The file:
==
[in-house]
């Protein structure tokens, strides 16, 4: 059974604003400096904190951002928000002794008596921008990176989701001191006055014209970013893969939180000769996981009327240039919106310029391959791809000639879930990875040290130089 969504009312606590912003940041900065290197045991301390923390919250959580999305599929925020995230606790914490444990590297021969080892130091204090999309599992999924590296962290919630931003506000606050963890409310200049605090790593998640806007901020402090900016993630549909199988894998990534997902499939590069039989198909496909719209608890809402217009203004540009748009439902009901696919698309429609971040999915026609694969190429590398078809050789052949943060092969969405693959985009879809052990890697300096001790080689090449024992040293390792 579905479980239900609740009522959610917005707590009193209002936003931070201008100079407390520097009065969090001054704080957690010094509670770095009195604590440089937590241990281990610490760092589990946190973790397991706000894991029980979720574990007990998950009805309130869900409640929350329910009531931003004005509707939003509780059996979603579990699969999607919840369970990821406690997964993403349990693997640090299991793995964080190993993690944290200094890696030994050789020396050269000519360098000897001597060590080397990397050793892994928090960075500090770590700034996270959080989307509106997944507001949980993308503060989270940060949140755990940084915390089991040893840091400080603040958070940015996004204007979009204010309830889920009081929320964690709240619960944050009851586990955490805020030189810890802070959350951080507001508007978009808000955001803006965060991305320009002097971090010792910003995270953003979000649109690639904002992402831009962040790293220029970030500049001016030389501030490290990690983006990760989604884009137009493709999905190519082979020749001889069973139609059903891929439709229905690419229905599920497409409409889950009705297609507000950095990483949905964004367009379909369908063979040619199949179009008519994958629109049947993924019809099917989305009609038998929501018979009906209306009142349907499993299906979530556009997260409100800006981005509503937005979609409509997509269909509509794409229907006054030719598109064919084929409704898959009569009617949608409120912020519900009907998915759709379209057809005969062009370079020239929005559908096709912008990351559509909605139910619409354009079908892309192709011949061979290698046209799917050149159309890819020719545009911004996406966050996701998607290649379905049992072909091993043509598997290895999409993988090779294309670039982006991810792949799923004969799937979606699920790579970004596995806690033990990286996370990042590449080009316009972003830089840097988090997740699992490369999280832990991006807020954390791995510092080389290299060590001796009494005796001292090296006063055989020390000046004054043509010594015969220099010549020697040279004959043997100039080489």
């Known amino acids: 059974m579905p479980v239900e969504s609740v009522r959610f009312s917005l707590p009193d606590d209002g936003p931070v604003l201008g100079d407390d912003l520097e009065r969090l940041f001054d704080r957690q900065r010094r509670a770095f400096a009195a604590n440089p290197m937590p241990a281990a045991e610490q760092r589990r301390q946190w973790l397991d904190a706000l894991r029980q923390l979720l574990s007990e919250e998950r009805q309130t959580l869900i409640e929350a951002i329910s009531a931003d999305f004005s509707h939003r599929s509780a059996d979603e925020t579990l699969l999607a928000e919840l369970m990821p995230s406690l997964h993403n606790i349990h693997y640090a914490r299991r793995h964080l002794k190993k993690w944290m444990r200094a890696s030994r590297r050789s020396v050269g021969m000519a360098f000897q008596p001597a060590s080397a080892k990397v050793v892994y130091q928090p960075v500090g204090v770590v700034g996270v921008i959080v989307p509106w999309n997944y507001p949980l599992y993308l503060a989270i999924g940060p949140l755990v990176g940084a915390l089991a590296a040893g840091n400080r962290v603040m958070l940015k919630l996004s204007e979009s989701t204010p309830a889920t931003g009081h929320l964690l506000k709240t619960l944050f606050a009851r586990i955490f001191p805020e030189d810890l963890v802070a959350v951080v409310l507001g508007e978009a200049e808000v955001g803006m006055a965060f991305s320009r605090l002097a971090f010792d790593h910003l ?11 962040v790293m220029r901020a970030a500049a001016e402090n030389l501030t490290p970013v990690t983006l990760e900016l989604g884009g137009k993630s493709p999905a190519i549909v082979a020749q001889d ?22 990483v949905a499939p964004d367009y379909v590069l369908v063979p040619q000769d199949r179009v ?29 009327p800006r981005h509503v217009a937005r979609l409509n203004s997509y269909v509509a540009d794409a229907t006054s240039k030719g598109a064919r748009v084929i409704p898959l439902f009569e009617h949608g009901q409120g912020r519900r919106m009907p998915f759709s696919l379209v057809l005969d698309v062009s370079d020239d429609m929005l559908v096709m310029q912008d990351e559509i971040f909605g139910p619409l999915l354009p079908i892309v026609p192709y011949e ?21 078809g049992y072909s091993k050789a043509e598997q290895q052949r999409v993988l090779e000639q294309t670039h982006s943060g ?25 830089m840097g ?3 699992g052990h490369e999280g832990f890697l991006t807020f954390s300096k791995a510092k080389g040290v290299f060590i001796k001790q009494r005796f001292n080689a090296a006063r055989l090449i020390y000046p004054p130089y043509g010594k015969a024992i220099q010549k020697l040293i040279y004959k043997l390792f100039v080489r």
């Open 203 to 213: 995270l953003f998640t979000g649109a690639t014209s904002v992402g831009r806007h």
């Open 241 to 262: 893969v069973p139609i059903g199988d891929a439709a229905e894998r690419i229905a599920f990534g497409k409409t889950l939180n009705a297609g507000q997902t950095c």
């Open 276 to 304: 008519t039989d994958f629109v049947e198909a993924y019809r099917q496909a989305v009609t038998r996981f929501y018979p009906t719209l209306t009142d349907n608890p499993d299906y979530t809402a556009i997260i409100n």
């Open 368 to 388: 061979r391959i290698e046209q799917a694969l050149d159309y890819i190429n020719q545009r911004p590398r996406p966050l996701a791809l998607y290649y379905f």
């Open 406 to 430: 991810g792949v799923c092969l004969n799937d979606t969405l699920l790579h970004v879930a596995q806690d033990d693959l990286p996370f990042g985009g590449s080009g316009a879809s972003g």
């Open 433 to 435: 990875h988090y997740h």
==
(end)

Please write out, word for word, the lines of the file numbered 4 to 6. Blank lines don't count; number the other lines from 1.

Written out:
């Open 203 to 213: 995270l953003f998640t979000g649109a690639t014209s904002v992402g831009r806007h």
């Open 241 to 262: 893969v069973p139609i059903g199988d891929a439709a229905e894998r690419i229905a599920f990534g497409k409409t889950l939180n009705a297609g507000q997902t950095c």
């Open 276 to 304: 008519t039989d994958f629109v049947e198909a993924y019809r099917q496909a989305v009609t038998r996981f929501y018979p009906t719209l209306t009142d349907n608890p499993d299906y979530t809402a556009i997260i409100n």